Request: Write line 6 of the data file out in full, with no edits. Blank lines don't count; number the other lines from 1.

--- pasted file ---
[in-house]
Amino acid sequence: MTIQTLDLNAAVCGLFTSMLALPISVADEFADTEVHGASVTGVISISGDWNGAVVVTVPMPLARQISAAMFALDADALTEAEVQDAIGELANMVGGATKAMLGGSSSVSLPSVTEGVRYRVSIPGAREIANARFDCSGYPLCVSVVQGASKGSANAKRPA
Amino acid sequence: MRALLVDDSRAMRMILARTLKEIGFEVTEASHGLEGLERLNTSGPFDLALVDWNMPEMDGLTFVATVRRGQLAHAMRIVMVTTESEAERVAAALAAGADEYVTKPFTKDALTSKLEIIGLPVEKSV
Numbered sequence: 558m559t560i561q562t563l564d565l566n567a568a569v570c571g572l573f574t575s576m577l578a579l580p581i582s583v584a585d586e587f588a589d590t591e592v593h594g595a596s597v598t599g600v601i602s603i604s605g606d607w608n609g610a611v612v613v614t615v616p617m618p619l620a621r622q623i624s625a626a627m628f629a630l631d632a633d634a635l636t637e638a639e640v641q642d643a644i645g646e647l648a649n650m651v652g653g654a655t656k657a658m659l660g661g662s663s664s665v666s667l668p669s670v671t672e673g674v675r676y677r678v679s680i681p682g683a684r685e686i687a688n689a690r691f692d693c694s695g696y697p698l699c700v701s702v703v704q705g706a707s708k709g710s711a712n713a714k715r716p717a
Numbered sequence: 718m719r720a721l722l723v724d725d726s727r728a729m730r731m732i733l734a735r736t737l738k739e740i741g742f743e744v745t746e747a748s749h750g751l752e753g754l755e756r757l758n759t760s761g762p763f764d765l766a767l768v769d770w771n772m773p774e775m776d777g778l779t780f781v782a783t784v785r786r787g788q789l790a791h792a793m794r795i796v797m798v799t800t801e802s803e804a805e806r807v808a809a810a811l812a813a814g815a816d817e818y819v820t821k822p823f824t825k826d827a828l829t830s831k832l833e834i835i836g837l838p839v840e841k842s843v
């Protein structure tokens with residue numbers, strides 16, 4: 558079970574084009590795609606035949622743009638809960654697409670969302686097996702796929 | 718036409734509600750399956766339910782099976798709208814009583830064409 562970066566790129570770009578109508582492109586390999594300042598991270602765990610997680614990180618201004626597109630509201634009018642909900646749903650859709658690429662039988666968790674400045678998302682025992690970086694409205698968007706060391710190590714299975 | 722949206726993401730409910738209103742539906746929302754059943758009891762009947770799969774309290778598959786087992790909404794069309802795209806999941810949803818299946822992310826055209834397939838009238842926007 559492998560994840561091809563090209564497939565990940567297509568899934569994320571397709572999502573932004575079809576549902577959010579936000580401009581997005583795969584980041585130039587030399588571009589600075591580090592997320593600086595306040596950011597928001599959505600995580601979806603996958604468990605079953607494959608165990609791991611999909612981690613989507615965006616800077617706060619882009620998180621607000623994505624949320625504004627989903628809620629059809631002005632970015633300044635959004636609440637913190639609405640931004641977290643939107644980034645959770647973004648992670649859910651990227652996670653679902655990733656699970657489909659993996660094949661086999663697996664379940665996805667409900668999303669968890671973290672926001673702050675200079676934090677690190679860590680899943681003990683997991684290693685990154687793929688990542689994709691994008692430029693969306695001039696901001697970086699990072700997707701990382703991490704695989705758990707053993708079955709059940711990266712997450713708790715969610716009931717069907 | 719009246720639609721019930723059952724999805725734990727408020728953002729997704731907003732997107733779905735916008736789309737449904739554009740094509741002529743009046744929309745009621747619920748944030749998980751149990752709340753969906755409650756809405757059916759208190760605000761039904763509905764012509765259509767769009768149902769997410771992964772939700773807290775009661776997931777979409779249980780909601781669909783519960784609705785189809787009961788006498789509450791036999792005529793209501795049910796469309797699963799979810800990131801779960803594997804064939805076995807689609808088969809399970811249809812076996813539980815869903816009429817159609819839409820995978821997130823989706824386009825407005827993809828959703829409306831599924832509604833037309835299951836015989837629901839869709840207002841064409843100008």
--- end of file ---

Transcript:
């Protein structure tokens with residue numbers, strides 16, 4: 558079970574084009590795609606035949622743009638809960654697409670969302686097996702796929 | 718036409734509600750399956766339910782099976798709208814009583830064409 562970066566790129570770009578109508582492109586390999594300042598991270602765990610997680614990180618201004626597109630509201634009018642909900646749903650859709658690429662039988666968790674400045678998302682025992690970086694409205698968007706060391710190590714299975 | 722949206726993401730409910738209103742539906746929302754059943758009891762009947770799969774309290778598959786087992790909404794069309802795209806999941810949803818299946822992310826055209834397939838009238842926007 559492998560994840561091809563090209564497939565990940567297509568899934569994320571397709572999502573932004575079809576549902577959010579936000580401009581997005583795969584980041585130039587030399588571009589600075591580090592997320593600086595306040596950011597928001599959505600995580601979806603996958604468990605079953607494959608165990609791991611999909612981690613989507615965006616800077617706060619882009620998180621607000623994505624949320625504004627989903628809620629059809631002005632970015633300044635959004636609440637913190639609405640931004641977290643939107644980034645959770647973004648992670649859910651990227652996670653679902655990733656699970657489909659993996660094949661086999663697996664379940665996805667409900668999303669968890671973290672926001673702050675200079676934090677690190679860590680899943681003990683997991684290693685990154687793929688990542689994709691994008692430029693969306695001039696901001697970086699990072700997707701990382703991490704695989705758990707053993708079955709059940711990266712997450713708790715969610716009931717069907 | 719009246720639609721019930723059952724999805725734990727408020728953002729997704731907003732997107733779905735916008736789309737449904739554009740094509741002529743009046744929309745009621747619920748944030749998980751149990752709340753969906755409650756809405757059916759208190760605000761039904763509905764012509765259509767769009768149902769997410771992964772939700773807290775009661776997931777979409779249980780909601781669909783519960784609705785189809787009961788006498789509450791036999792005529793209501795049910796469309797699963799979810800990131801779960803594997804064939805076995807689609808088969809399970811249809812076996813539980815869903816009429817159609819839409820995978821997130823989706824386009825407005827993809828959703829409306831599924832509604833037309835299951836015989837629901839869709840207002841064409843100008």